NURS FPX 6030 Assessment 2 Problem Statement (PICOT)

NURS FPX 6030 assessment 2

Assessment 2: Problem Statement (PICOT)


Capella University

FPX 6030: MSN Practicum & Capstone

Instructor’s Name

December, 2023

In this capstone project assessment, the focus is on developing a comprehensive problem statement utilizing the Problem-Intervention-Comparison-Outcome-Time (PICOT) approach to nursing research. The scenario involves Anne, a member of a newly formed Quality Initiative Committee, tasked with identifying a healthcare need within the organization. The identified need centers on addressing the increasing incidence of falls in the geriatric unit.

This introduction sets the stage for the subsequent exploration of a multifaceted problem statement, encompassing the analysis of a health promotion or management need, the description of the target population and setting, an overview of interventions, and a literature review to substantiate the identified need.

In adults (P), how does a structured diabetes self-management education program (I) compared to standard diabetes education (C) influence glycemic control, as measured by HbA1c levels (O), within a six-month period (T)?

• Population (P): Adults with diabetes

• Intervention (I): Structured diabetes self-management education program

• Comparison (C): Standard diabetes education

• Outcome (O): Glycemic control, measured by HbA1c levels

• Time Frame (T): Within a six-month period

This PICOT question is structured to inquire about the effectiveness of a specific intervention (structured diabetes self-management education program) compared to a standard approach in improving glycemic control among adults with diabetes, within a defined time frame of six months.

Part 1: Problem Statement

Need Statement
In adults with diabetes, there is a need for improved glycemic control to prevent complications and enhance overall health outcomes (Jiang et al., 2019). Current diabetes education programs may not provide adequate structure or effectiveness, leading to suboptimal glycemic control.


The existing standard diabetes education programs may lack the necessary structure or comprehensiveness required for optimal diabetes self-management. A structured diabetes self-management education program has the potential to enhance patient understanding and adherence, leading to improved glycemic control (Heller et al., 2020).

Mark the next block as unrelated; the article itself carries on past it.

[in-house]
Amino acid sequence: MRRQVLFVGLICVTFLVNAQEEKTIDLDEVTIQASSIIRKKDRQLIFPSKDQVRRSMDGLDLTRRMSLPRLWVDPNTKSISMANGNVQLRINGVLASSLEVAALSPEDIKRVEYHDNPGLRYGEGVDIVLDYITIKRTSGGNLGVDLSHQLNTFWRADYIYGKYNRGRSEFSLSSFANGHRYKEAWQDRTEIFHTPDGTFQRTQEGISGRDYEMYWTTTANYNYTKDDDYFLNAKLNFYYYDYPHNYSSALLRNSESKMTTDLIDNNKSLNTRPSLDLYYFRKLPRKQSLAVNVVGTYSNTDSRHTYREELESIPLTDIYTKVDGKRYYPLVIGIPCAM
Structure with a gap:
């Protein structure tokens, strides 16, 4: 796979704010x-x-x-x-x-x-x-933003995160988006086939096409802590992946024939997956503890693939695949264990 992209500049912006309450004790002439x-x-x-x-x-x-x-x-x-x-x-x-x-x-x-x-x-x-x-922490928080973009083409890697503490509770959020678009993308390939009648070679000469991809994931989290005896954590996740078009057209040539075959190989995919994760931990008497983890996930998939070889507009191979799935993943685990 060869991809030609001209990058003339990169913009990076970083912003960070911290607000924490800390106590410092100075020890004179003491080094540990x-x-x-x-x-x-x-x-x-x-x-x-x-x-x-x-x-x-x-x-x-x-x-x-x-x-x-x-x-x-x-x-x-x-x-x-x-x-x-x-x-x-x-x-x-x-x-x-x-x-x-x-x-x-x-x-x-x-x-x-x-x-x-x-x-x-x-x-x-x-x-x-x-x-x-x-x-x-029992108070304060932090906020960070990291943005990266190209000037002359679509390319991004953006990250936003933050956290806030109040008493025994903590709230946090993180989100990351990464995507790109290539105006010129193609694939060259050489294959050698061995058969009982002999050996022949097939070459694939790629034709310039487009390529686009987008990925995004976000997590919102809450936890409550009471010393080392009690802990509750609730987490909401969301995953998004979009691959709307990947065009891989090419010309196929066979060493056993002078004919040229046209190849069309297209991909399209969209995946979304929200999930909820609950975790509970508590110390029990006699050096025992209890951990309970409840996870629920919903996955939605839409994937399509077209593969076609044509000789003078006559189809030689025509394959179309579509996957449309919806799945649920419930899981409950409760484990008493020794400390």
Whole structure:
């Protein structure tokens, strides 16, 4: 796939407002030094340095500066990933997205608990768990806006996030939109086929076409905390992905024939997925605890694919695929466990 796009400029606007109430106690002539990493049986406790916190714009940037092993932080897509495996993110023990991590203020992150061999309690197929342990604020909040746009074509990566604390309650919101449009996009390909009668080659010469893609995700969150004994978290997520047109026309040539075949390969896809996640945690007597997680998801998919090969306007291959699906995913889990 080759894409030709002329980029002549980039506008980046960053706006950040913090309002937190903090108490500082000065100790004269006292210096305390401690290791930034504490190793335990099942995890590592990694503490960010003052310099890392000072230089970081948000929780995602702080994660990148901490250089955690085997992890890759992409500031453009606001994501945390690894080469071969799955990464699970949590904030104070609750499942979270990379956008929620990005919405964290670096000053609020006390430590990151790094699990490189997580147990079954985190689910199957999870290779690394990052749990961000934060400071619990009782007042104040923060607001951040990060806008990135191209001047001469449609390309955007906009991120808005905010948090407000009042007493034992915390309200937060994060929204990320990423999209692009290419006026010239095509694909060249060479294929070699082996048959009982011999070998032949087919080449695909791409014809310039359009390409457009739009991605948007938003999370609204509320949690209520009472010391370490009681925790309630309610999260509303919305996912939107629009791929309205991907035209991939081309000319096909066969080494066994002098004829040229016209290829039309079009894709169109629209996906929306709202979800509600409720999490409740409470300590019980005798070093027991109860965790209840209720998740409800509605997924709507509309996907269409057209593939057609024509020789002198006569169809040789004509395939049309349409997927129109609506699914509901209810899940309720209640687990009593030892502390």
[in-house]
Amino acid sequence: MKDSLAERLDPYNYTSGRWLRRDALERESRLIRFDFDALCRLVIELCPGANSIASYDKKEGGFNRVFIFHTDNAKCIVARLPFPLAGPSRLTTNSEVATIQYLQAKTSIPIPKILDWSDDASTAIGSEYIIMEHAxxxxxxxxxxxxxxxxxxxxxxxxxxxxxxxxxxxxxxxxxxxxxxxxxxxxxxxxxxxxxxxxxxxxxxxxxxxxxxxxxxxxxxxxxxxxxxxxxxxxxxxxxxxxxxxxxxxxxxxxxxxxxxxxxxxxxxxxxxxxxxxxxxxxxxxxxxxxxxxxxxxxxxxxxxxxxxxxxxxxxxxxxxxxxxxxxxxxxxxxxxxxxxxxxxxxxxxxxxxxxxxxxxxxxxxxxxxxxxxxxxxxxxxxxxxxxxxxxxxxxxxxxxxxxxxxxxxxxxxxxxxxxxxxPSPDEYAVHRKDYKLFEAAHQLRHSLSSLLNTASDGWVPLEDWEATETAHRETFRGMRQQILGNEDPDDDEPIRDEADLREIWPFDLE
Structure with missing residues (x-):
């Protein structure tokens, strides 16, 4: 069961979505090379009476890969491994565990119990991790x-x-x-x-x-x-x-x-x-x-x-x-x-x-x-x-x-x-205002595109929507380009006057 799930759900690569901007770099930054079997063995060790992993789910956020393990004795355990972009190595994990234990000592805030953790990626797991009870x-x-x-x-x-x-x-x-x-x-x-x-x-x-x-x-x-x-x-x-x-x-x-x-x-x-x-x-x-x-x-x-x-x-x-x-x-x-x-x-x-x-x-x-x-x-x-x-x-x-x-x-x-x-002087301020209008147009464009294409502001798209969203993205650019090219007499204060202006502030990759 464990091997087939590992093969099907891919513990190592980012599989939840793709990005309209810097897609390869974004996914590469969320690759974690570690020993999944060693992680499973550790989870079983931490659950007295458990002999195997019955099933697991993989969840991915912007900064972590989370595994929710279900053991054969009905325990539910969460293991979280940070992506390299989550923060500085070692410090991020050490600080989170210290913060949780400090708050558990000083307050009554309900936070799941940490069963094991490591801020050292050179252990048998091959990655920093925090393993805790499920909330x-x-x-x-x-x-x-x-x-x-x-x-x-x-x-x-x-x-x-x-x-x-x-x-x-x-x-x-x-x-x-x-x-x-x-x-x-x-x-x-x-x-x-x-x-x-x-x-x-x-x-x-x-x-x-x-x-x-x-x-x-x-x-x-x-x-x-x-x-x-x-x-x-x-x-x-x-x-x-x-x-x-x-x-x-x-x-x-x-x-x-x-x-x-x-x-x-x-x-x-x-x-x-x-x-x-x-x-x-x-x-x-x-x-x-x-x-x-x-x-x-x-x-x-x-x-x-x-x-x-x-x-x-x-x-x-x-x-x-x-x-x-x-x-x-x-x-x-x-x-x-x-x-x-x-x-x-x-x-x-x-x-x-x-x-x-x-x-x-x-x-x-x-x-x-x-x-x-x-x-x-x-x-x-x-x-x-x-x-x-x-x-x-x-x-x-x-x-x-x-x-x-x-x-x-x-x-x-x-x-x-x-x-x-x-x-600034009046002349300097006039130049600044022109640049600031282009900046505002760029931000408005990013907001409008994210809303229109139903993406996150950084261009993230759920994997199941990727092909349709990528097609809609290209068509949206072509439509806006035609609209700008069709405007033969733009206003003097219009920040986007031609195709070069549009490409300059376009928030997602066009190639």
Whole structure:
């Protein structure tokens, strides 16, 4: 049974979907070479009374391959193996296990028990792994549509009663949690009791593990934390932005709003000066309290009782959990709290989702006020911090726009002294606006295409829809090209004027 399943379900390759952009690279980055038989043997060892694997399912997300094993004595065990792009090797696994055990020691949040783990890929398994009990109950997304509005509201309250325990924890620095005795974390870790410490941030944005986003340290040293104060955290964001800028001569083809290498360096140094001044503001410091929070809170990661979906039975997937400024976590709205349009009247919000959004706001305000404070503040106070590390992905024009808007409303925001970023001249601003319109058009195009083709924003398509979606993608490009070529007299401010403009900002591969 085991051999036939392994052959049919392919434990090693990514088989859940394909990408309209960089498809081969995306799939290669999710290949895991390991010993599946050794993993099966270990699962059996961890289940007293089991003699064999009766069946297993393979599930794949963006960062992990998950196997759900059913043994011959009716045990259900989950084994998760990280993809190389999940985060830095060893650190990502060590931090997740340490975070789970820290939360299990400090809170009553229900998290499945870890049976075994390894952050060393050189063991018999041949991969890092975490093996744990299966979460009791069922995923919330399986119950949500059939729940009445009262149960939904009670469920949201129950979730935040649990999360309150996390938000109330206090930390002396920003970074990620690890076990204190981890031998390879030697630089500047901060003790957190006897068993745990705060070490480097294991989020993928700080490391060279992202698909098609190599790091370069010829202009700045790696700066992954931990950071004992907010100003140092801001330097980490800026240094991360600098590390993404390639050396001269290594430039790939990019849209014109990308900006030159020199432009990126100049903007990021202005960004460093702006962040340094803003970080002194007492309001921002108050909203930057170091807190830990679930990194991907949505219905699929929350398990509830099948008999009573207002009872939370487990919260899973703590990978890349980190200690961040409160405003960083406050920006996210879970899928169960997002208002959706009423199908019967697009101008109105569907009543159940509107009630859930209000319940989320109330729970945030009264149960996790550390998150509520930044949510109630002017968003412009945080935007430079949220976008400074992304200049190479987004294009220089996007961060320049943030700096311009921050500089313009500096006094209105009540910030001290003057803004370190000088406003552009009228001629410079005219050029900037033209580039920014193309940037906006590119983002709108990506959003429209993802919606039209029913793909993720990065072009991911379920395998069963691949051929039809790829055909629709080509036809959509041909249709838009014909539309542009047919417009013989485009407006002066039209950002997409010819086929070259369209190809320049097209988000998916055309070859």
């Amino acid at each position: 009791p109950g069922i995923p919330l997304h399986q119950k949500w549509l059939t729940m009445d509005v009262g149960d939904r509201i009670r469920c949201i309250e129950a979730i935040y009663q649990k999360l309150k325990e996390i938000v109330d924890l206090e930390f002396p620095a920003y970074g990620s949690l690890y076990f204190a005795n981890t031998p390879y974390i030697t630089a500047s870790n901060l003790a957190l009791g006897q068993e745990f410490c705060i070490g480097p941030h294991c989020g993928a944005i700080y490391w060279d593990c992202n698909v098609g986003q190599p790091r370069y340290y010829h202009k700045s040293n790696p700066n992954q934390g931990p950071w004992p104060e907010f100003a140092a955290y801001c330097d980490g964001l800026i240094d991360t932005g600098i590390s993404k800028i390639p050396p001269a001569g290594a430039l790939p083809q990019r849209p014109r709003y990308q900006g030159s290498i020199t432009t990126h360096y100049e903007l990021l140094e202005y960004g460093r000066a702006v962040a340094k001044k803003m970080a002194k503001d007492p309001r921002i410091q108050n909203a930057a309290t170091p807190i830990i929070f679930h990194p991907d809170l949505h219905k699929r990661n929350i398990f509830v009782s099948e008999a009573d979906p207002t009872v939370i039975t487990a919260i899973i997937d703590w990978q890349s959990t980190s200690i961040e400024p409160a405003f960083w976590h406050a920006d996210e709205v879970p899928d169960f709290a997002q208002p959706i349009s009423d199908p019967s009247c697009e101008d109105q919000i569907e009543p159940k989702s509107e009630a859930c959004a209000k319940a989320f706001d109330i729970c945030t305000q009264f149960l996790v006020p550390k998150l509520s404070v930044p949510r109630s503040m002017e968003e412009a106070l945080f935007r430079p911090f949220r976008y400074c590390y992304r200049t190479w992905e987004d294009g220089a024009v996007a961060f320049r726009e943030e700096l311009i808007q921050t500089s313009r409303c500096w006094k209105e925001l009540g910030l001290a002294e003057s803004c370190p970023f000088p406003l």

A six-month period is sufficient to observe significant changes in glycemic control based on the implementation of a structured diabetes education program.

HbA1c levels are a reliable indicator of glycemic control and an appropriate outcome measure for assessing the effectiveness of diabetes education programs. The proposed intervention is applicable and beneficial for adults with diabetes, as they are the focus of the study.

The standard diabetes education methods might not be adequately addressing the diverse needs and preferences of individuals, leading to varied levels of engagement and outcomes (Heller et al., 2020). The success of the intervention is contingent on participants’ adherence to the structured diabetes self-management education program.

Population and Setting

Implementing the Plan-Do-Check-Act (PDCA) cycle is a quality improvement method that could significantly impact patient outcomes in diabetes management. The PDCA cycle involves systematically planning a change, implementing it on a small scale (pilot), checking its effects through data analysis, and acting on the results by making necessary adjustments before full-scale implementation.

In the context of diabetes education, the PDCA cycle can be applied by developing a structured self-management education program, implementing it with a small group of participants, monitoring their glycemic control outcomes, and refining the program based on the observed results (Gao et al., 2021).

Working on the identified need of improving diabetes management through a structured education program faces potential challenges. Firstly, gaining full participation and engagement from the target population, adults with diabetes, might be challenging due to varying levels of health literacy, socioeconomic factors, and individual motivation (Gehlawat et al., 2019).

Additionally, there may be resistance to change from both healthcare providers and patients accustomed to traditional education methods. The implementation of a structured program could also face resource constraints, such as limited access to educational materials or trained educators.